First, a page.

A laughing baby. Your favorite TV show. A conversation with your best friend. Crickets chirping. Sound adds dimension to your days and nights.
We’re here to help you and or your loved ones hear better so you can get the most out of life. Everything we do focuses on that goal, from the staff we hire, our knowledge and skills, our hearing tests, the brands we select and how we expertly fit your hearing aids, should you need them. It all starts with a hearing evaluation and a conversation with you about your lifestyle, needs and preferences.
What Happens During A Hearing Test?
When you arrive for your hearing exam, our front office staff will greet you and ask you to fill out several forms, including those that record your personal information, medical history and insurance verification.
When your hearing exam begins, we’ll review key personal information with you and ask you a few questions to discover the specific types of environments where you may be experiencing hearing loss and hearing problems.
Next, we may look into your ears with an otoscope, a special instrument to see the ear canal and the eardrum, and/or perform one of the tests below.
During this hearing test, you’ll be tested using a series of low and high frequency tones to determine your ability to understand verbiage within a short distance (as in a conversation). We’ll also give you several words to repeat. The results will help us determine your percentage of hearing loss, your ability to understand speech and if hearing aids will help you.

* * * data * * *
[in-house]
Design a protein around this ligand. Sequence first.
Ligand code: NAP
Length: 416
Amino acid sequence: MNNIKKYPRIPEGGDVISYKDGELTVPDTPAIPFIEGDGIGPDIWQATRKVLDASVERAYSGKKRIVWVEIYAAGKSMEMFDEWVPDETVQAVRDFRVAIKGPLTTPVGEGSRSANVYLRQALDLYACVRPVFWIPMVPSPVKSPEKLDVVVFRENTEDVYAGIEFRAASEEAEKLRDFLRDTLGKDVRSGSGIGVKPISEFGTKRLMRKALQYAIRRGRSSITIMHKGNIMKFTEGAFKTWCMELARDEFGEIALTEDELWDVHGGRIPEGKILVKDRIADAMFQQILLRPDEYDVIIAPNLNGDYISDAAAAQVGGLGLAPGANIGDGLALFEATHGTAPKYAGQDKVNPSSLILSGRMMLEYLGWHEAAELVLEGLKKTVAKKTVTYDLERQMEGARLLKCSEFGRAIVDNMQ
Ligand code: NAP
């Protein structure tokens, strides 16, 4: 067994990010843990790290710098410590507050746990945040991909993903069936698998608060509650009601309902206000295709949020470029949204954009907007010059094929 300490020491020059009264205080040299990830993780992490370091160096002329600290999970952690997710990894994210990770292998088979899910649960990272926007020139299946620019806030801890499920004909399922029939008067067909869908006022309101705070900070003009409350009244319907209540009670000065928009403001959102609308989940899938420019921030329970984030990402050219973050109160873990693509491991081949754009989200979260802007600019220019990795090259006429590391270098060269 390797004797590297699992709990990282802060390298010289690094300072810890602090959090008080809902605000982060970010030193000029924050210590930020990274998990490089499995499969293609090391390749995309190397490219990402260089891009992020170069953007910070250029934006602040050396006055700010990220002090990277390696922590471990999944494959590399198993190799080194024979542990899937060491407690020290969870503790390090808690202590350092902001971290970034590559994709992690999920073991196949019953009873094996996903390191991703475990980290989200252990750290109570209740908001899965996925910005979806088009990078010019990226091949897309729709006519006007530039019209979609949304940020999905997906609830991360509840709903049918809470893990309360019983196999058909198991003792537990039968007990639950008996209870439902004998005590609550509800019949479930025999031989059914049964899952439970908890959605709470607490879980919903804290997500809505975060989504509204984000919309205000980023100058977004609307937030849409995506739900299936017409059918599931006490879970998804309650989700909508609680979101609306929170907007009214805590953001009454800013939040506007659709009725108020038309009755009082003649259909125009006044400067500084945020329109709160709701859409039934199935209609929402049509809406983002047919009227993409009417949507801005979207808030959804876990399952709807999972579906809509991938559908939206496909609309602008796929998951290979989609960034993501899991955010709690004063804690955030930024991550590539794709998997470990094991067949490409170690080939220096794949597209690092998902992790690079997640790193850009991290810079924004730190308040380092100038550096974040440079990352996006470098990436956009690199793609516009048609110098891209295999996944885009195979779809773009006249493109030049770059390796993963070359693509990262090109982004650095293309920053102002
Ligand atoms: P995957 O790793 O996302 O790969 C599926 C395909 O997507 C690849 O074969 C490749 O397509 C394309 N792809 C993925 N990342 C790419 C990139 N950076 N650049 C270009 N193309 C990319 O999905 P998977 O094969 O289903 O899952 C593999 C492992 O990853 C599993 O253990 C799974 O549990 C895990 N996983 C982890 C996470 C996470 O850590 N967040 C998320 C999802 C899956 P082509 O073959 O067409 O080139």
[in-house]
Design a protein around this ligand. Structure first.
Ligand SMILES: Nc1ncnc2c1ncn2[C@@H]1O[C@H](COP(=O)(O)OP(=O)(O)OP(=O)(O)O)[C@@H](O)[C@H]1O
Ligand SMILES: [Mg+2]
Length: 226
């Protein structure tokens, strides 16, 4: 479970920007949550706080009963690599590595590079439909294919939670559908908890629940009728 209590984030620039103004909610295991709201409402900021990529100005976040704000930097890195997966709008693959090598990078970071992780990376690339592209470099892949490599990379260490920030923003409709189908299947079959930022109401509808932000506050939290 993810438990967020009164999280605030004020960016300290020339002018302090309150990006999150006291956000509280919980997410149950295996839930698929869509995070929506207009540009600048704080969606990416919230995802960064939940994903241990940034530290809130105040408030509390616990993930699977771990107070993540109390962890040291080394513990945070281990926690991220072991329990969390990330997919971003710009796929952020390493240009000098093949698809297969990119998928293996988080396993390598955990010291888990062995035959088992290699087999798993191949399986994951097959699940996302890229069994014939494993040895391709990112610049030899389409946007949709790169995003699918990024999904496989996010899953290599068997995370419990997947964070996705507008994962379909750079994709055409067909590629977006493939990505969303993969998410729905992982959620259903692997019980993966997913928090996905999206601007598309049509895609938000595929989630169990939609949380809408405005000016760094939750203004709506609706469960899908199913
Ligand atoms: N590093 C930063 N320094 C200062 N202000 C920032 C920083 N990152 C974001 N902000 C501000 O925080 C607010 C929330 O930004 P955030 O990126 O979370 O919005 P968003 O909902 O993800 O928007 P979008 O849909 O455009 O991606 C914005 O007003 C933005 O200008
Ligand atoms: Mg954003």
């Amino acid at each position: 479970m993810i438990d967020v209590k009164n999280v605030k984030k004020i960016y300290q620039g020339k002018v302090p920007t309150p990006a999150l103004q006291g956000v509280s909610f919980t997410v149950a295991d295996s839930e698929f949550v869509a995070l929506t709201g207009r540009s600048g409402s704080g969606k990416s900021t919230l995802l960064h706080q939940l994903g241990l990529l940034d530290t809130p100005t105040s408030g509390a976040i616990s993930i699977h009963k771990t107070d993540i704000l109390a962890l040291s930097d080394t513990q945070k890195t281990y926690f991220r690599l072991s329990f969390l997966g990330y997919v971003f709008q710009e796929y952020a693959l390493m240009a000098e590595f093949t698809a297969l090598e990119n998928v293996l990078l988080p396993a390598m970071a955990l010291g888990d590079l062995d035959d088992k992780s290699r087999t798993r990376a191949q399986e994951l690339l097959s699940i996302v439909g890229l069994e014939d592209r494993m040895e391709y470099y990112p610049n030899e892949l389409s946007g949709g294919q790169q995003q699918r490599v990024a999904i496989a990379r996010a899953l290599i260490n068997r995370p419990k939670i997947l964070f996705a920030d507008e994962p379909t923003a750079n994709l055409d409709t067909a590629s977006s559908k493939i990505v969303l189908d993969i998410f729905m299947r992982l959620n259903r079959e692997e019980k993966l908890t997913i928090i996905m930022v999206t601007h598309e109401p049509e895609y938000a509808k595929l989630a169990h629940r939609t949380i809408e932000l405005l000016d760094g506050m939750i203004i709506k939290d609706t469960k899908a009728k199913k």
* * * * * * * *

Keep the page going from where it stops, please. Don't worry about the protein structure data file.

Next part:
Tympanometry is a hearing test that creates variations of air pressure in the ear canal to checks the condition of the middle ear, the mobility of the eardrum (tympanic membrane) and the conduction bones.
A diagnostic hearing evaluation will enable us to determine:
- Whether or not you have hearing loss
- The possible cause of hearing loss
- The degree and type of hearing loss and whether it’s in one or both ears
- The best treatment options
Understanding Your Hearing Test Results
We’ll record the results of your hearing test on a form called an audiogram, which we will review with you. The audiogram reflects your hearing loss in frequencies and decibels. We’ll show you the type, pattern and degree of hearing loss, as well as the percentage of normal conversational speech that you’re still able to hear. We will then relate these results to your concerns about your hearing.
Next, we’ll consider treatment solutions. You can count on our team to take the time necessary to understand your concerns so that they can provide you with everything you need to make an informed personal decision.